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Fashion Social Media Case Study Points to Shift to Experience Economy

This fashion social media case study shows how the disruption of the product based economy is at hand and how CMOs Lolly Wolly Doodle Is a Social Media Case Studycan move to use it to their advantage.  This is another wake-up call for brands, most of which are based on mass production (e.g. scale and “efficiency”) principles.  As this case suggests, mass customization is changing customers’ definitions of “products,” so they will increasingly reject mass-produced products and services.  To put it mildly, this will challenge marketing, merchandising, and distribution profoundly, and brands that don’t react in time will disappear.  On the other hand, those that tap into customer experience and personalization will thrive.

    Have you heard of Lolly Wolly Doodle?  It’s the first company to enjoy a smashing success selling millions on Facebook.

Lolly Wolly Doodle (LWD) is a classic example of the disruptive innovation story I described in The CMO’s Guide to the Disruption of Products and Brands in 2012, here in MENGonline.  LWD posts models of kids’ clothes on its Facebook page, offers them for sale, and makes them to order after customers pay.  Today, customers receive their clothes within two weeks, but the company is working to cut that in half.  Here’s the kicker:  clothes are made to order and priced below most mass-produced clothes in LWD’s category.

Learning from Lolly Wolly DoodleSocial Media Case Study Lolly Wolly Doodle

As described in The Startup That Conquered Facebook Sales, LWD’s operation is simple:

  1. Analyze product sales trends and social data, make a design, photograph it, and offer it for sale via a Facebook page post.
  2. To buy it, customers merely comment, say they want one, specify sizes and other customizations, and leave their email addresses (see image, right).
  3. The company sends an e-invoice, and customers pay, which enters orders into the production stream.
  4. The garment is made and shipped.


  • This is happening on the Facebook Page Wall, not in any custom app, so all interactions between LWD, customers, and their friends spread to customers’ news feeds.  Obviously, Facebook’s algorithms weight these interactions more highly when friends interact with friends and themselves become customers.
  • The more interaction on the Wall, the more news feeds.  Keep in mind, this is not “marketing,” it’s customers talking about the cute designs and ordering clothes.
  • So-called F-commerce (subsequently called the effed commerce ;^) failed because it tried to make Facebook fans go somewhere else to buy.  LWD’s approach works because it doesn’t interrupt customers’ Facebook habits; they just comment on the Wall by entering their email and order info.
  • Since there’s no inventory, there are no markdowns or promotions to “move it.”
  • Customers discuss designs among themselves and LWD, giving great ideas for new products.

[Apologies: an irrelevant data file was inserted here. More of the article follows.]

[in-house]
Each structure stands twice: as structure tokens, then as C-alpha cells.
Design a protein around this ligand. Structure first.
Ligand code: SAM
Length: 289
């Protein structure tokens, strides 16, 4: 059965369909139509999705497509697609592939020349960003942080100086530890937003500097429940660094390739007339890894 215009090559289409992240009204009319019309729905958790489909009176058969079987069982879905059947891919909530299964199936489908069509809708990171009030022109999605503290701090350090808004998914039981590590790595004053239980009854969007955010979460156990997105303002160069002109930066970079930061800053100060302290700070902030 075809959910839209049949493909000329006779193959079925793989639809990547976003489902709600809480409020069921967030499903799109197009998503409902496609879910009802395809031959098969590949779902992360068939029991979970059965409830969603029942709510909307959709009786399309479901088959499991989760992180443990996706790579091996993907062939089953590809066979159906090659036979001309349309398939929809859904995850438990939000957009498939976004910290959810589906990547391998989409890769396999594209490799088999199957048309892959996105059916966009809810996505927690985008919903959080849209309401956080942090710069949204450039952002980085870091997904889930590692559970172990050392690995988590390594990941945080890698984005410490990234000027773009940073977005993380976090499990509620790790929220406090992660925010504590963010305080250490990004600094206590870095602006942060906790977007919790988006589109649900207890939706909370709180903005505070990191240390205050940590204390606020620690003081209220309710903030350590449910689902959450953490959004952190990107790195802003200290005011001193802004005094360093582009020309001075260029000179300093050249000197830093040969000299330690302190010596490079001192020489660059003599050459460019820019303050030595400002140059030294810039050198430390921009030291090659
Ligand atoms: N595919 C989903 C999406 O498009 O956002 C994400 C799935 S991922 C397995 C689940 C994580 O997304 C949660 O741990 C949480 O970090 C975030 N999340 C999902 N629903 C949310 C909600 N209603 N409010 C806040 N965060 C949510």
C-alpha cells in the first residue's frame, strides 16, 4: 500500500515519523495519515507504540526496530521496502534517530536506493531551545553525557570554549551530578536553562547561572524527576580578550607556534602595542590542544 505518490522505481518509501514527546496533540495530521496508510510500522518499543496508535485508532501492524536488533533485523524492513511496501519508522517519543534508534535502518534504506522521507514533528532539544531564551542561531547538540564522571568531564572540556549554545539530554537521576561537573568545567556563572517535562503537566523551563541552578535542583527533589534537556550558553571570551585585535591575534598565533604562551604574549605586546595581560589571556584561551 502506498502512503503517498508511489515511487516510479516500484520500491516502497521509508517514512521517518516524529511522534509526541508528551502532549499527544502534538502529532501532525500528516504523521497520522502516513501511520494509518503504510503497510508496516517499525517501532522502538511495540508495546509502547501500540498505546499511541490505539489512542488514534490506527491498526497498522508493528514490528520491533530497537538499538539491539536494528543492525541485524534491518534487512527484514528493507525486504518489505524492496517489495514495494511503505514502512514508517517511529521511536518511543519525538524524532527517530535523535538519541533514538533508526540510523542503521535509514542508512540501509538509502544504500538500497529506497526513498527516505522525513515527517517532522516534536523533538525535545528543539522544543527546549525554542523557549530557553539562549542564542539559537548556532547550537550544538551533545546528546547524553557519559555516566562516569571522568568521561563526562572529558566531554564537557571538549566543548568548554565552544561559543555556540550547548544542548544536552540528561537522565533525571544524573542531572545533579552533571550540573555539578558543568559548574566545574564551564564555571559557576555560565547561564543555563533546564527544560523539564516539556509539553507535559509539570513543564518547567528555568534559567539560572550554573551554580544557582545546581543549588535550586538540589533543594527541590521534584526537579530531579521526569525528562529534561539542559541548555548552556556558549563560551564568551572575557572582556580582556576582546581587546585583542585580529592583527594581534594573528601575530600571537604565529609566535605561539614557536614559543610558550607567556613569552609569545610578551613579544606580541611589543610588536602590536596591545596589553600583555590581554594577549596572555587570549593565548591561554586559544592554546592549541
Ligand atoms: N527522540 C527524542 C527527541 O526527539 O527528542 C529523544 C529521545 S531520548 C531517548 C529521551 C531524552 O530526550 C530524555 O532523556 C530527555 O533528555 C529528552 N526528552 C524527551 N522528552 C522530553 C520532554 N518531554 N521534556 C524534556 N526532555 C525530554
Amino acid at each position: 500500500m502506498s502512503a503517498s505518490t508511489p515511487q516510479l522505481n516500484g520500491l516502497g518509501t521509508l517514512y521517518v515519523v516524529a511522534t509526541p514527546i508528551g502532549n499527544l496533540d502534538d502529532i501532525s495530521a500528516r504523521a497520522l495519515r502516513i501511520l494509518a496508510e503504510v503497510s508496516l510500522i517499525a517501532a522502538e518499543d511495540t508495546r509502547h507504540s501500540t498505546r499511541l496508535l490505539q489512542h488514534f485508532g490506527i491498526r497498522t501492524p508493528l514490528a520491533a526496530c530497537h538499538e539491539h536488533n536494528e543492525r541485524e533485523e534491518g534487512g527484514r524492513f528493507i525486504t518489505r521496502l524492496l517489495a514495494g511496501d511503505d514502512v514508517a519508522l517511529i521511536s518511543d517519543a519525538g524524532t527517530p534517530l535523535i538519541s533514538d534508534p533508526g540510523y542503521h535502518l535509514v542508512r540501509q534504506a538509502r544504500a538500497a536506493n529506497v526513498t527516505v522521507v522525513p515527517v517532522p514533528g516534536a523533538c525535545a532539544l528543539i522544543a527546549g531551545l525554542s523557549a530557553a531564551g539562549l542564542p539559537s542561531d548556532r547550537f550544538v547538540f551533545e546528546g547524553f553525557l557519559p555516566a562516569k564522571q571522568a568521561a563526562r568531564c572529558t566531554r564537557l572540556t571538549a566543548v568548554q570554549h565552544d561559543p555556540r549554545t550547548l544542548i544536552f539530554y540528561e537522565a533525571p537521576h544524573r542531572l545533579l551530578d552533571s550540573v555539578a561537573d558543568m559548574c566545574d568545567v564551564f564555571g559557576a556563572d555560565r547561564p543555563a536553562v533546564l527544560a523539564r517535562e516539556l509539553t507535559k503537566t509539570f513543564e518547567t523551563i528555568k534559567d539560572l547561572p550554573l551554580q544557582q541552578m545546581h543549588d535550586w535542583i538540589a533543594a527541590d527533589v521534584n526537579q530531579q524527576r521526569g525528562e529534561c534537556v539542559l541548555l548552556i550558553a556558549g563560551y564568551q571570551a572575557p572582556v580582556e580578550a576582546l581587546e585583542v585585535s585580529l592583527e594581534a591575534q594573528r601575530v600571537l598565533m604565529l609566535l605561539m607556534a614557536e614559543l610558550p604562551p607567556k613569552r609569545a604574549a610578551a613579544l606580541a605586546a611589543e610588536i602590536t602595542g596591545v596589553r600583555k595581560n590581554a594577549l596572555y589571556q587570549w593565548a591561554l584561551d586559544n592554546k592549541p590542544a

• LWD analyzes sales data and is investing in predictive analytics to anticipate hits (like every other human endeavor, most designs sell in small quantities and are discontinued).  LWD has created the concept of a “product pod,” a design template that enables rapid manufacturing and customization.  The company introduces 15 SKUs per day.
  • Local manufacturing in Charlotte, North Carolina is organized to minimize the people required to touch a garment, not size or other common specifications.
  • LWD is a step beyond “fast fashion” like Zara, which still makes to inventory (albeit faster, smaller).
  • Mass customization is not an all-or-nothing proposition; LWD is venturing into “premade blanks” of popular items.  Roughly 30% of blanks are outsourced to China and Latin America.

Social Threads

Digital social makes a huge difference.  It’s well known that most people love shopping while socializing, from moms and clothes to Harley-riding physicians customizing their bikes.  They brainstorm ideas, and this process is strengthened tremendously online.  Let’s have a look at how it works.

  • Customers see each others’ orders and customizations, so it’s automatically viral (“Great idea,  that’s so cute, I’ve got to order one for my…”).  This validates the first customer, and thousands of other customers see the interaction and are drawn into it.
  • Customers seamlessly include use cases in their discussions (“I’m dressing my daughter in this for her first formal!”).  I have constantly seen in client work that use case (how the customer is using the product to create joy or minimize frustration) is the root of the product’s value.  When customers are among themselves, they naturally talk about their joys and frustrations first and products second.  Brands like LWD that dial into this will thrive in the Knowledge Economy, which is all about customer experience, not products or services.